In a country where two-thirds of households own a pet and two out of five marriages fail, who gets custody of a shared pet is a common issue. Surprisingly, the law has very little to say on the matter.
Legally, pets are viewed as property, despite the fact they don't really have market value. As such, the division of property, including Fido, often falls to the judge. Facts a judge may take into account are who actually bought the pet, who it is registered under, and who paid for veterinary bills--yet if you have shared finances (yet another reason not to!) even that can be unclear.
But what if you want to share custody of the pet? So far, judges have steered clear of ordering joint custody arrangements or holding custody hearings as would be done with children. Joint pet owners must seek legal council separate from their divorce to draw up a shared custody contract for a pet, and even so it may be very difficult to enforce. Sadly, people often use pets against each other in acrimonious split-ups. One former divorce lawyer has actually started a mediation firm that specializes in resolving pet disputes out of court. Her take on it? "You hate your ex--I get that--but your pet doesn't."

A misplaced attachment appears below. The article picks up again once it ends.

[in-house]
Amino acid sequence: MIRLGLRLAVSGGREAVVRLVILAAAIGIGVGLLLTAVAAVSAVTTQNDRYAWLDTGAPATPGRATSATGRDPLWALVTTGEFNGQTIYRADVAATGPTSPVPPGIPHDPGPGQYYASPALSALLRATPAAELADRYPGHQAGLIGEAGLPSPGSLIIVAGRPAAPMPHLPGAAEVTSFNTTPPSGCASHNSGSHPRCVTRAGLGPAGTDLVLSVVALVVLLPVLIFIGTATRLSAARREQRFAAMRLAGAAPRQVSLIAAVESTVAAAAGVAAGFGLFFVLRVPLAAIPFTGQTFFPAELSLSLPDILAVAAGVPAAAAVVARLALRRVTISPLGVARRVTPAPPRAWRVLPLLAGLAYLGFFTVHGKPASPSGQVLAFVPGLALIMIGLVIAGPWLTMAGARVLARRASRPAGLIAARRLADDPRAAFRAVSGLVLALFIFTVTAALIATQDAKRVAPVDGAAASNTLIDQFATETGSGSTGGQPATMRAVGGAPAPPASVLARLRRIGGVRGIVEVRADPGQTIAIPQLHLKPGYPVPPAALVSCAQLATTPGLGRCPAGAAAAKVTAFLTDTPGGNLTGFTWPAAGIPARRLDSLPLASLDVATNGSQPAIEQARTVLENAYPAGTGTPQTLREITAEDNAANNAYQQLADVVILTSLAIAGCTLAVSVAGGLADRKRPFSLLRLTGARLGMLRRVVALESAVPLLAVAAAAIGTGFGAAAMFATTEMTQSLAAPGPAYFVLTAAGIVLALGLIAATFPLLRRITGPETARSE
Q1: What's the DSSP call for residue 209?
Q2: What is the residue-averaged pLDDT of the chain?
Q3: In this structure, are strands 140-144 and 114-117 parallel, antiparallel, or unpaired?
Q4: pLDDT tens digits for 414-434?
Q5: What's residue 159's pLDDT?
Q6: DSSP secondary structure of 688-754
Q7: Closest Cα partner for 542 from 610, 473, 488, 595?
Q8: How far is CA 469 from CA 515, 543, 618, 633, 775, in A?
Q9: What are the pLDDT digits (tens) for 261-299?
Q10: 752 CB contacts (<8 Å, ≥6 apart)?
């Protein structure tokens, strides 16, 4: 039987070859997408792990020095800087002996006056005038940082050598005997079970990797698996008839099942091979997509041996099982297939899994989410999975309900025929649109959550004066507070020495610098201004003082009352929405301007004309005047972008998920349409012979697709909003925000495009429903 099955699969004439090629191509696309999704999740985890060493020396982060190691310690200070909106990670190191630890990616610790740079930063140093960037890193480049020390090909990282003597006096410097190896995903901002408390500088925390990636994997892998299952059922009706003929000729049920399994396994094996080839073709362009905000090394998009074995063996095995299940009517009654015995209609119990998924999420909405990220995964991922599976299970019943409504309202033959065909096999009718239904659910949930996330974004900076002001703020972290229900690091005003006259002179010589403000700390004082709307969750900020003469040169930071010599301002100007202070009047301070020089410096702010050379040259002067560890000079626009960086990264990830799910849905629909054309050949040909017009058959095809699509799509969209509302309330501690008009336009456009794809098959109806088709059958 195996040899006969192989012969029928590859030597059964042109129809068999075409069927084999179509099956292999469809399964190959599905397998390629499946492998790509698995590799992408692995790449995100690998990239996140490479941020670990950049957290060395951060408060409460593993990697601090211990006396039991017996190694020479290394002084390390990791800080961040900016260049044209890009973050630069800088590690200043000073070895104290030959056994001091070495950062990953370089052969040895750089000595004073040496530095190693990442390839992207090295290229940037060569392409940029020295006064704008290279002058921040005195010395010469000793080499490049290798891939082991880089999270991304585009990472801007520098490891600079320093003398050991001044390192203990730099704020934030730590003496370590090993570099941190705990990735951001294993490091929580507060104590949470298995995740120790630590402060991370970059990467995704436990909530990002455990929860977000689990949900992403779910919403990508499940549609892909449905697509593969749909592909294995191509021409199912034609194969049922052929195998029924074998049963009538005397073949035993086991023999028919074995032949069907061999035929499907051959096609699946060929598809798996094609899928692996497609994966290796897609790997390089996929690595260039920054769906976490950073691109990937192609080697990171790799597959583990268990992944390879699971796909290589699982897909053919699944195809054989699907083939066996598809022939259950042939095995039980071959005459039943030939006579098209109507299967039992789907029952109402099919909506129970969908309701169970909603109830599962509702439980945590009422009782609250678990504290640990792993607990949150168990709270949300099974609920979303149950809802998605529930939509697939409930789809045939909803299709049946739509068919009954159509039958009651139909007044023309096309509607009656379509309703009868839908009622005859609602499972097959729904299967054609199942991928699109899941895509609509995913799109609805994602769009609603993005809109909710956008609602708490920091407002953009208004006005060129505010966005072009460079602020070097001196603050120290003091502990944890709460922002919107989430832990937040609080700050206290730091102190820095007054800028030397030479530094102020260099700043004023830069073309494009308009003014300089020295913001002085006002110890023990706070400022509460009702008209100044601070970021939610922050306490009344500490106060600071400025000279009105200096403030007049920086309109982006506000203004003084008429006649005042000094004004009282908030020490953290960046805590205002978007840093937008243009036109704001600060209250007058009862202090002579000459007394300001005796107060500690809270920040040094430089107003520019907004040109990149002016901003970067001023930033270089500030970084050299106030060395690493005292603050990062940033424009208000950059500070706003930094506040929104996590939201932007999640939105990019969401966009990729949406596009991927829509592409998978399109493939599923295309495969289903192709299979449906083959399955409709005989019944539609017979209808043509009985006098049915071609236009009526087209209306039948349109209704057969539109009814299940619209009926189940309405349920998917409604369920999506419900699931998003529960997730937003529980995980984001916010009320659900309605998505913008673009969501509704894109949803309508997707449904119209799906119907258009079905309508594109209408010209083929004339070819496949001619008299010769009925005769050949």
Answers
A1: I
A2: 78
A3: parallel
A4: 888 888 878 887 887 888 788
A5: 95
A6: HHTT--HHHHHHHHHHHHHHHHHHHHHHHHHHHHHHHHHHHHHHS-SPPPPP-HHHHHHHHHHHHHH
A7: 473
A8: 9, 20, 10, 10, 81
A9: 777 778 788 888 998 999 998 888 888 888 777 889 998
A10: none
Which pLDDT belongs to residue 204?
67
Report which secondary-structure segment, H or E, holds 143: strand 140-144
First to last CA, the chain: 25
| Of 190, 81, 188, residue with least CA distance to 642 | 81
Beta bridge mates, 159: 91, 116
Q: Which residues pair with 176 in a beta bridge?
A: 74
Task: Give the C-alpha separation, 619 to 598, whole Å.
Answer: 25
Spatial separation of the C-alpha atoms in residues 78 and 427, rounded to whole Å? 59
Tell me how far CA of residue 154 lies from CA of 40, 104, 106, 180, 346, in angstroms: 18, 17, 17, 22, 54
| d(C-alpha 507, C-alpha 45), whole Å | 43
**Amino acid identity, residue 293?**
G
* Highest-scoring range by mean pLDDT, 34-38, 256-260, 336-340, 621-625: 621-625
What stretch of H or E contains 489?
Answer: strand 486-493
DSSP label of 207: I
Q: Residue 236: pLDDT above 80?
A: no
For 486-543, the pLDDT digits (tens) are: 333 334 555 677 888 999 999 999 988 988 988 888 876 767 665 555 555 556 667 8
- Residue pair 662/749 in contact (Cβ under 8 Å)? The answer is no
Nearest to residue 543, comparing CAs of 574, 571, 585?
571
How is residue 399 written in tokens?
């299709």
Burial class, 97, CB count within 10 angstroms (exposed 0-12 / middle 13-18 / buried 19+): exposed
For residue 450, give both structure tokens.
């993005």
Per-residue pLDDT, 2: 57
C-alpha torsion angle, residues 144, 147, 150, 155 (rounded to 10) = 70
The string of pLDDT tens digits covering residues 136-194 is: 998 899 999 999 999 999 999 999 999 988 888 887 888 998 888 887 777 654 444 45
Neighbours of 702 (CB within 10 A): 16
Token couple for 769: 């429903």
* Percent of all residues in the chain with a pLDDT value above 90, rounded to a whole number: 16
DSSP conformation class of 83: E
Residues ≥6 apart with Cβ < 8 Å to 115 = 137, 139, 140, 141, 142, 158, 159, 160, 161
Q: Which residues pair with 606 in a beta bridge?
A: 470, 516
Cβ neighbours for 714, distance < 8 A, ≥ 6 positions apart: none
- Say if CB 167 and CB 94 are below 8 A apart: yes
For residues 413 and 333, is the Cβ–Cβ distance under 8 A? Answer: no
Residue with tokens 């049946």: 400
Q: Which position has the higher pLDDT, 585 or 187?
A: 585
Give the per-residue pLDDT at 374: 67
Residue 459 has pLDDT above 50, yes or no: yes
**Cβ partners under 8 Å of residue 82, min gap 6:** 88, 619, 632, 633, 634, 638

Source: Bloomberg Business